Portuguese: A aromatase pertence ao grupo das enzimas do citocromo p450 e age como mediador da aromatização de andrógenos em estrógenos.

Perhaps reading definitions in other languages will help you, though, often the science words are cognates and are very similar to eachother in many languages.

Now, you try finding definitions for other words you don't know, for example, if you don't know, "androgen," you can look that up.

  • androgen
Then, we'll continue... The idea is to have fun with it. Don't feel it is a chore. Feel like you are on a treasure hunt in a video game, or, that you are making a great discovery. Enjoy the process of, "Reach Reading (TM)".

We can scan the article and see if a scientist is mentioned. Yes, there, in the next paragraph, "
Shiuan Chen." Looking further, I found this information via Google: "Requests for reprints: Shiuan Chen, Department of Surgical Research, Beckman Research Institute of the City of Hope, 1500 East Duarte Road, Duarte, CA 91010. Phone: 626-256-4673, ext. 63454; Fax: 626-301-8972; E-mail:" The Chen article is on white button mushrooms, however: (Anti-Aromatase Activity of Phytochemicals in White Button Mushrooms (Agaricus bisporus) Shiuan Chen1, Sei-Ryang Oh1, Sheryl Phung1, Gene Hur1, Jing Jing Ye1, Sum Ling Kwok1, Gayle E. Shrode2, Martha Belury2, Lynn S. Adams1 and Dudley Williams1, so, let's keep looking.

(Notice first, however, that the article gives contact information for the authors: "1 Department of Surgical Research, Beckman Research Institute of the City of Hope, Duarte, California and 2 Department of Human Nutrition, The Ohio State University, Columbus, Ohio.")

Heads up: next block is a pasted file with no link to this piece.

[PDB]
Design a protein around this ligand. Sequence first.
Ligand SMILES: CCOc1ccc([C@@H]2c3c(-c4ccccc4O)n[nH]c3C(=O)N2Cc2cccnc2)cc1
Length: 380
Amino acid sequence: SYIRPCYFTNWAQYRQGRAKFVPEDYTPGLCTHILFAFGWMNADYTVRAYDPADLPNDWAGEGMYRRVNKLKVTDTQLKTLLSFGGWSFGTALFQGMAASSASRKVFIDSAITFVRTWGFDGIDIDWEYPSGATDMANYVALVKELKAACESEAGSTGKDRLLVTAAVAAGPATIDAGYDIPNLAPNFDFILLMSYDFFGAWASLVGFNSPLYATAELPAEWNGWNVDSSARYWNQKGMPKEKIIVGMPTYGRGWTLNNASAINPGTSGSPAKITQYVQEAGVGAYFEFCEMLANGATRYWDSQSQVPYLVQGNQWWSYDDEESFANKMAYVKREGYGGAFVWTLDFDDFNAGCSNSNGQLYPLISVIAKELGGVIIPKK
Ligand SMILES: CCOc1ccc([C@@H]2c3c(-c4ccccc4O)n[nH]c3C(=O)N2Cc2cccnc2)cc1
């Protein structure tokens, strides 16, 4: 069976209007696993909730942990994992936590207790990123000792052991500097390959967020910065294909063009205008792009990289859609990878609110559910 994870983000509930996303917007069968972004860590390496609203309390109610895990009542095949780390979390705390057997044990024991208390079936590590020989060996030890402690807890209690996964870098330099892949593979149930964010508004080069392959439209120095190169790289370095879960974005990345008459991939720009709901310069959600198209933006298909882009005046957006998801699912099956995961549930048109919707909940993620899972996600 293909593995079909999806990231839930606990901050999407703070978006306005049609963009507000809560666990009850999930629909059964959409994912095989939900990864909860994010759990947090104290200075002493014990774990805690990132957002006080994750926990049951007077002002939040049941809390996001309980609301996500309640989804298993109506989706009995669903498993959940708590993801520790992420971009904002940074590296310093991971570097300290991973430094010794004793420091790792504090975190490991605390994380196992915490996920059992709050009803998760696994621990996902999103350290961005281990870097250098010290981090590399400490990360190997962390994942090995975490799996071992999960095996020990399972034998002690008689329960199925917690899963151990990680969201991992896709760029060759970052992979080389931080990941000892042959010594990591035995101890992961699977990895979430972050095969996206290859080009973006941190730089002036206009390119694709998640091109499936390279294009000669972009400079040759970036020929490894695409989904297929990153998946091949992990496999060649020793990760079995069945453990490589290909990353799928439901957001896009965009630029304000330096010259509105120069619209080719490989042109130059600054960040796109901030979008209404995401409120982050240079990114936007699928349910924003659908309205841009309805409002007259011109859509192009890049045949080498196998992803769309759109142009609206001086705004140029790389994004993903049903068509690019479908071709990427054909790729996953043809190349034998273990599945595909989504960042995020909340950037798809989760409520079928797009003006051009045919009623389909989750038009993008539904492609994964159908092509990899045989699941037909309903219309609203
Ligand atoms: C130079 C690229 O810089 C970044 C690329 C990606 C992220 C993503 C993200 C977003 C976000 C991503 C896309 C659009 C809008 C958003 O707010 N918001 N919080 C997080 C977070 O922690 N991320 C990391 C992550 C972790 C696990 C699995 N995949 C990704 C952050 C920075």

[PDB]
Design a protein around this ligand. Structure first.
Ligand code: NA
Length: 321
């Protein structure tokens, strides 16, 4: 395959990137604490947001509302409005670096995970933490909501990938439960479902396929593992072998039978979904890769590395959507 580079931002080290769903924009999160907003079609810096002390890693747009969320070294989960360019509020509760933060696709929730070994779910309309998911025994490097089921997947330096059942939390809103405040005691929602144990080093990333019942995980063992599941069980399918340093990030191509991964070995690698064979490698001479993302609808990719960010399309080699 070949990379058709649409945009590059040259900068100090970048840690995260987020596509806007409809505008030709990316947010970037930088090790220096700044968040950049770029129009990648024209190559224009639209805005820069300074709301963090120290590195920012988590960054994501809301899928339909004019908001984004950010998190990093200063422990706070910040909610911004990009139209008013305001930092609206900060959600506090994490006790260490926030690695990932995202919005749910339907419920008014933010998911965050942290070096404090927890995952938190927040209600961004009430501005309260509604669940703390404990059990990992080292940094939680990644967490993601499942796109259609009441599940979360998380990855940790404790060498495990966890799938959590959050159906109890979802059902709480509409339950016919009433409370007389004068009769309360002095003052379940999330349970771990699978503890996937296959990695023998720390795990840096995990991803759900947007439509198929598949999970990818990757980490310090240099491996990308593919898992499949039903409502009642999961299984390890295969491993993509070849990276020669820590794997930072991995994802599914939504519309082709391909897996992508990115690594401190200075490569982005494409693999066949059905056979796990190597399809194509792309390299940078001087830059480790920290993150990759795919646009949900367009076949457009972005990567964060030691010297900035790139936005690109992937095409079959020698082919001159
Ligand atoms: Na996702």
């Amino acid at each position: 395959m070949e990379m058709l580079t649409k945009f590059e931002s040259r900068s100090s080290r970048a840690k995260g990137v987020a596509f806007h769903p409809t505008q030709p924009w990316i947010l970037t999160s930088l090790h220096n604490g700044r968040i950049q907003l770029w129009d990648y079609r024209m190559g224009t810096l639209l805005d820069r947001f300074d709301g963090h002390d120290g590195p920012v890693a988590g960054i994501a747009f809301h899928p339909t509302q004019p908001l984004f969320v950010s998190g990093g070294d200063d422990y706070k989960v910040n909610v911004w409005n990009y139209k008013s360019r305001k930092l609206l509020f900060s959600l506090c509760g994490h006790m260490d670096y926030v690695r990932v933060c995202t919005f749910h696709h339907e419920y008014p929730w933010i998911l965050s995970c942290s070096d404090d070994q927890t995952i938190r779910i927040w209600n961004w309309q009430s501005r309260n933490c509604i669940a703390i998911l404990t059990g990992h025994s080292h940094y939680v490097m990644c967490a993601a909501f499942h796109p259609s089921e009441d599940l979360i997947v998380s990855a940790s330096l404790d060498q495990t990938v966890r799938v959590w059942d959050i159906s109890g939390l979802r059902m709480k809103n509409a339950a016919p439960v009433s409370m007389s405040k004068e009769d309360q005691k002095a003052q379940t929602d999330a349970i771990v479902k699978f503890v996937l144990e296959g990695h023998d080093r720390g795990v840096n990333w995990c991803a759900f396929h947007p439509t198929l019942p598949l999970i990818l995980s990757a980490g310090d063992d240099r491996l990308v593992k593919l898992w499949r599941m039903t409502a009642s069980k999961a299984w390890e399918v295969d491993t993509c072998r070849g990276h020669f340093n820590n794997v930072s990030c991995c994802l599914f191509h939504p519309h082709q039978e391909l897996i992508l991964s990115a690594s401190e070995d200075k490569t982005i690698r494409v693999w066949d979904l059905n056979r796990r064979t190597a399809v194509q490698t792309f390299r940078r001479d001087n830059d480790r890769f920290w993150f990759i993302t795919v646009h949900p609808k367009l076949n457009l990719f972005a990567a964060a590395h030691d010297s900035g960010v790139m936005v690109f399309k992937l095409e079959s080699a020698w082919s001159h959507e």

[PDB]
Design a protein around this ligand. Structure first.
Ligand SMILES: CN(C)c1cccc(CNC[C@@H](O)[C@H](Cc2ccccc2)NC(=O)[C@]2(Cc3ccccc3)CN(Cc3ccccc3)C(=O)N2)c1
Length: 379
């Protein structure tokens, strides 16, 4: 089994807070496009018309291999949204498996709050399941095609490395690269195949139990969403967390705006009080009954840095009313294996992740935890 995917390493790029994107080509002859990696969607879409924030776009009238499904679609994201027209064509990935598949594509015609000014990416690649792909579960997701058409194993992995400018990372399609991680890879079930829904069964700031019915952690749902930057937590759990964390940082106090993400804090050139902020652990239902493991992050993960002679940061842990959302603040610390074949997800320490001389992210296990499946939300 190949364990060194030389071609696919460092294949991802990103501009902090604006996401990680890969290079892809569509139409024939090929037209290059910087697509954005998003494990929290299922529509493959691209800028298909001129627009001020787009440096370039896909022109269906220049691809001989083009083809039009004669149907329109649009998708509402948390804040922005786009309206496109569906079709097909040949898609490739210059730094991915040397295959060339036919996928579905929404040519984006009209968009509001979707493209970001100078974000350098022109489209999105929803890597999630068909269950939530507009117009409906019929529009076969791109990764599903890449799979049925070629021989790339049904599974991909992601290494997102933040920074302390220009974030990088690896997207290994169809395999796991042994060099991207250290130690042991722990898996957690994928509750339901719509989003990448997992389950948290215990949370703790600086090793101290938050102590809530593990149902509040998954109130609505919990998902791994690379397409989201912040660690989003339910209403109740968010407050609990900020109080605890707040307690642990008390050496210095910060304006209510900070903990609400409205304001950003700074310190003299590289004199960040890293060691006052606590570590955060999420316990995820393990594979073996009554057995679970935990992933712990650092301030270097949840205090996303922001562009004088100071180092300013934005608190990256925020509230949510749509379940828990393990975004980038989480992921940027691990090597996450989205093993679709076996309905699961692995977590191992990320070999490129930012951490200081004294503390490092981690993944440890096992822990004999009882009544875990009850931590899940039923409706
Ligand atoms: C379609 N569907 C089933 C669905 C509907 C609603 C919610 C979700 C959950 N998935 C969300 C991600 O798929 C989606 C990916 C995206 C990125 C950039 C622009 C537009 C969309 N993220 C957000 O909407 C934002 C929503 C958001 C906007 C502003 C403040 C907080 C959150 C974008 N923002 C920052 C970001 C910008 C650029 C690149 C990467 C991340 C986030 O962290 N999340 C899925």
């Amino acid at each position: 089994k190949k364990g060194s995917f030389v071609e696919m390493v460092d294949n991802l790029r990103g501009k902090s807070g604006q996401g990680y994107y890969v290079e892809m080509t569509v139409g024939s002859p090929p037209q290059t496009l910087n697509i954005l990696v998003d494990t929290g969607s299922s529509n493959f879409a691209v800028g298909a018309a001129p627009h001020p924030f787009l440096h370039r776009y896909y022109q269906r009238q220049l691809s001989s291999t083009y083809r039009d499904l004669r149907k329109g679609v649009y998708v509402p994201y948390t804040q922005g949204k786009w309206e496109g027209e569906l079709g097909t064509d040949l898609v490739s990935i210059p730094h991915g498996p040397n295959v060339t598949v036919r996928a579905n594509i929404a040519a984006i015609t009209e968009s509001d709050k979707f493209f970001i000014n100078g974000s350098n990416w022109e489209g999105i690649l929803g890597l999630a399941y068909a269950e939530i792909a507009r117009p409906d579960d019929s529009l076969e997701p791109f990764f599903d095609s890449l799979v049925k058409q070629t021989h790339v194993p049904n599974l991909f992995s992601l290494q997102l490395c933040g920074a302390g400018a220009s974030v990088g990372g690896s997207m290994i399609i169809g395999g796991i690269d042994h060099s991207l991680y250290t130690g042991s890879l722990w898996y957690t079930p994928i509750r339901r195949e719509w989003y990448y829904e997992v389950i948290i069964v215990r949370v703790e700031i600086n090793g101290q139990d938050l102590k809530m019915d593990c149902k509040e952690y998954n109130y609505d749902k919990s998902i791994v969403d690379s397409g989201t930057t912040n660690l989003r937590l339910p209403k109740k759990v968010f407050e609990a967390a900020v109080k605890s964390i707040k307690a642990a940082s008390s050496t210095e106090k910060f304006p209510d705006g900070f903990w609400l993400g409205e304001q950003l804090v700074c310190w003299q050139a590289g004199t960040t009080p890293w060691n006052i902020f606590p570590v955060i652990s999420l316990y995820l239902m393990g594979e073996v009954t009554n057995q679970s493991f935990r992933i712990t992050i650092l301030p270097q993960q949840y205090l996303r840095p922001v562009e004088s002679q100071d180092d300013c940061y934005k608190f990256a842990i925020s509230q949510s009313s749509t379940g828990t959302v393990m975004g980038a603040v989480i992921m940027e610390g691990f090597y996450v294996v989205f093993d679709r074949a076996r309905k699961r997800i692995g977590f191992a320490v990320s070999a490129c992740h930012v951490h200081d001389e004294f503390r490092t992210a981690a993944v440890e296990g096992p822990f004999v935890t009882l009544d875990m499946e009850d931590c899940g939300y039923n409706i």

But at the January 2010 issue of Cancer Prevention Research, http://cancerprevention, we find, " Lynn S. Adams, Yanjun Zhang, Navindra P. Seeram, David Heber, and Shiuan Chen. Cancer Prev Res 2010 3: 108-113. doi: 10.1158/1940-6207.CAPR-08-0225[Abstract] [Full Text] [PDF] ." There is the original source for the abundance of articles found in the news today about pomegranate. The article itself will give you a mouthful, for example, "On consumption, pomegranate ETs hydrolyze, releasing ellagic acid, which is then converted to 3,8-dihydroxy-6H-dibenzo[b,d]pyran-6-one ("urolithin") derivatives by gut microflora, " where every other word (or nearly so) is an unknown...(so, we can go back to the definition game...) If you have breast cancer, or, know someone that does, you'll likely want to understand every word (Or, if not, you might want to bring a copy of the article to you doctor's office, so he or she will know, you've, "Done your homework.")

I hope that this has made, "Reach Reading (TM)" fun for you. If not, we'll try again another day. My students love it, but, perhaps not being with me in the classroom, but, rather. on-line, it might not come across as as much fun. Please give me feedback and ask me questions.

Dr. J

P.S.: Either men or woman can get breast cancer, so, I hope that you found the article of interest. Now that you are one of the world's few that knows about , "aromatase." perhaps you'd like to Reach Read
(TM) what it has to do with the prostate:
(c) 2010 J S Shipman

No comments: